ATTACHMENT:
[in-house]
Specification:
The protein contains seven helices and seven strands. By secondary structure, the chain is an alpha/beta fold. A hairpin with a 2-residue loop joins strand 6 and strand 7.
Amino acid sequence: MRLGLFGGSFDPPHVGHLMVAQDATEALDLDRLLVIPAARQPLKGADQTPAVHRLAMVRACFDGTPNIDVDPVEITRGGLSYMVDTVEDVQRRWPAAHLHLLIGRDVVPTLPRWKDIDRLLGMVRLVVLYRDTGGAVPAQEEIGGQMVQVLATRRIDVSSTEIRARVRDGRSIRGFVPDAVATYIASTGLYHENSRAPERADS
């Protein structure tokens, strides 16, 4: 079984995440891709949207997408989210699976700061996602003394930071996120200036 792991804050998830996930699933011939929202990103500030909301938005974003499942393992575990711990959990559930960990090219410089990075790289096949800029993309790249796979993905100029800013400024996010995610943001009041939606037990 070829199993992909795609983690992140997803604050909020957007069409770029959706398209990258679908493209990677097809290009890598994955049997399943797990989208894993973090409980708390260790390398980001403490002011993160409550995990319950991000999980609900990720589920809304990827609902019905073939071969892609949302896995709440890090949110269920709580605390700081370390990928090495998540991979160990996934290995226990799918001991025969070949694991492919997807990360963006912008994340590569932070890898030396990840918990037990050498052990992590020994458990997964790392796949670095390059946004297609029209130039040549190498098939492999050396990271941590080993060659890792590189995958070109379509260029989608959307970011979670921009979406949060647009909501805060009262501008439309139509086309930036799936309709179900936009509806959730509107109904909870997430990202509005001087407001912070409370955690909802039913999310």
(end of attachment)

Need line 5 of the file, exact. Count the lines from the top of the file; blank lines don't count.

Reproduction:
């Protein structure tokens, strides 16, 4: 079984995440891709949207997408989210699976700061996602003394930071996120200036 792991804050998830996930699933011939929202990103500030909301938005974003499942393992575990711990959990559930960990090219410089990075790289096949800029993309790249796979993905100029800013400024996010995610943001009041939606037990 070829199993992909795609983690992140997803604050909020957007069409770029959706398209990258679908493209990677097809290009890598994955049997399943797990989208894993973090409980708390260790390398980001403490002011993160409550995990319950991000999980609900990720589920809304990827609902019905073939071969892609949302896995709440890090949110269920709580605390700081370390990928090495998540991979160990996934290995226990799918001991025969070949694991492919997807990360963006912008994340590569932070890898030396990840918990037990050498052990992590020994458990997964790392796949670095390059946004297609029209130039040549190498098939492999050396990271941590080993060659890792590189995958070109379509260029989608959307970011979670921009979406949060647009909501805060009262501008439309139509086309930036799936309709179900936009509806959730509107109904909870997430990202509005001087407001912070409370955690909802039913999310």